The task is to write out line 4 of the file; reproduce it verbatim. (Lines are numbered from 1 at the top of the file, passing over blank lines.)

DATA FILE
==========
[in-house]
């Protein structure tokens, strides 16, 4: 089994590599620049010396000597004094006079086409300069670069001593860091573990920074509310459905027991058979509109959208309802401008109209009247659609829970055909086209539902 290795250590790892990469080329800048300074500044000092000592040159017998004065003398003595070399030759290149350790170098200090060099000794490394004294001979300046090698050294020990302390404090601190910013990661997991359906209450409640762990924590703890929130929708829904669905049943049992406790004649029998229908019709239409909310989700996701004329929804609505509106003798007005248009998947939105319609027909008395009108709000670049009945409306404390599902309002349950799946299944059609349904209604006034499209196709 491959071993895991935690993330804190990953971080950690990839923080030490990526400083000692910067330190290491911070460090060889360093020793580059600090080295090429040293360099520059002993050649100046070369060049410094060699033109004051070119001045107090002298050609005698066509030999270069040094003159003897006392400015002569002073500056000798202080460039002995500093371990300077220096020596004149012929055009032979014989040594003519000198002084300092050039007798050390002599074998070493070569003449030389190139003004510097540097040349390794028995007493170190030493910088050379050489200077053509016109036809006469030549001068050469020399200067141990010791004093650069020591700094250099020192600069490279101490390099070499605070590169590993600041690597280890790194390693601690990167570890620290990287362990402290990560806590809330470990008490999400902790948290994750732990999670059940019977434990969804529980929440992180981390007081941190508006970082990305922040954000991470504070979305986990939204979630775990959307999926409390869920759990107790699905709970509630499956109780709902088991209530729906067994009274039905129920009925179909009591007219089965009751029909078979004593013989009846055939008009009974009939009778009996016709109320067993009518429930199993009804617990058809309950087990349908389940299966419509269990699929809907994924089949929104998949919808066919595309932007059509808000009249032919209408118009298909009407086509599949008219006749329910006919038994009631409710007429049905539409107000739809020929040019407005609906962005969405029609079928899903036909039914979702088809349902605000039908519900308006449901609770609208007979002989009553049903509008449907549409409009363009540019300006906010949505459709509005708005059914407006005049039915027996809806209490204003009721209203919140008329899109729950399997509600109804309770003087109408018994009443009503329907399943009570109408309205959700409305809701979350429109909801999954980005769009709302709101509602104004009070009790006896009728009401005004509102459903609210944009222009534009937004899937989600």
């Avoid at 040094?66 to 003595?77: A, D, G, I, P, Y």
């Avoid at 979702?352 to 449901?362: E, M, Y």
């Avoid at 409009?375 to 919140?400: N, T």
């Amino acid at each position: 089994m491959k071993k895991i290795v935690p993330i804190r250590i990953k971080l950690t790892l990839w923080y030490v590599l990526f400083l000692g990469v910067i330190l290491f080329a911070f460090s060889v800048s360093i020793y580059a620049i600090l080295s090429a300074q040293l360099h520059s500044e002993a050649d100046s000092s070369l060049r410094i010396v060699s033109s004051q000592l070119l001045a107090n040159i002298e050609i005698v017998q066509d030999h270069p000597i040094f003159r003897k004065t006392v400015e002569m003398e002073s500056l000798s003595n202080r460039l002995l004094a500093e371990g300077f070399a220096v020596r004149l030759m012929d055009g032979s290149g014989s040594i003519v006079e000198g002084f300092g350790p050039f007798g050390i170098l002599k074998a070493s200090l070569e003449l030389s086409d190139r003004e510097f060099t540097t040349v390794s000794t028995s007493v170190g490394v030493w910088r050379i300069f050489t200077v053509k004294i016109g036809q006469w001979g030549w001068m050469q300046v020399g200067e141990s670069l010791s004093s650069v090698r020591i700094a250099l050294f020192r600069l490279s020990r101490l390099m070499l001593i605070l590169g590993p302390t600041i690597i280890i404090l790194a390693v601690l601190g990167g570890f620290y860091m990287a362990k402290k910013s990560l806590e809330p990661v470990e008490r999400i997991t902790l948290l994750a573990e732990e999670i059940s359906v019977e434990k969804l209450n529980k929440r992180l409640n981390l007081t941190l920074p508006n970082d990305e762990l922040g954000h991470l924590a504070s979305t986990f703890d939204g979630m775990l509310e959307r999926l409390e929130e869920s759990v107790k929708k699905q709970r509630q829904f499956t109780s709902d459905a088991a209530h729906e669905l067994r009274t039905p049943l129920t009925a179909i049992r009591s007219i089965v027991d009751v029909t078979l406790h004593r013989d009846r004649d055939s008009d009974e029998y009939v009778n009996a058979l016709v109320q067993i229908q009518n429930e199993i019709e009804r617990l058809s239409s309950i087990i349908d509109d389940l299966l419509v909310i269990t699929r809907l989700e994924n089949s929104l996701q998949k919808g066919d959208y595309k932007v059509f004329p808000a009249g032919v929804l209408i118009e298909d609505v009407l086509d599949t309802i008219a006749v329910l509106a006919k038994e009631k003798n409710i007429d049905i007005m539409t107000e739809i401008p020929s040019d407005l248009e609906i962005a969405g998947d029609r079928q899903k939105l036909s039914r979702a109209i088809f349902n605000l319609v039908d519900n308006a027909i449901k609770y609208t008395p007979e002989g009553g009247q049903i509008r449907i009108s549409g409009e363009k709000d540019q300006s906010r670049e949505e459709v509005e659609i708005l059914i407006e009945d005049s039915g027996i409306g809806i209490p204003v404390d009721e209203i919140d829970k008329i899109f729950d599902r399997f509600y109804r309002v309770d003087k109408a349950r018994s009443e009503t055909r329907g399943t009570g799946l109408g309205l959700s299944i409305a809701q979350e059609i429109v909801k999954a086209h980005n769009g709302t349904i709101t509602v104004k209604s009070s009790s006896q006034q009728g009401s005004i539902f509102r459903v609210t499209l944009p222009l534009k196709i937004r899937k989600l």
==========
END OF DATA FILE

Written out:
């Avoid at 979702?352 to 449901?362: E, M, Y």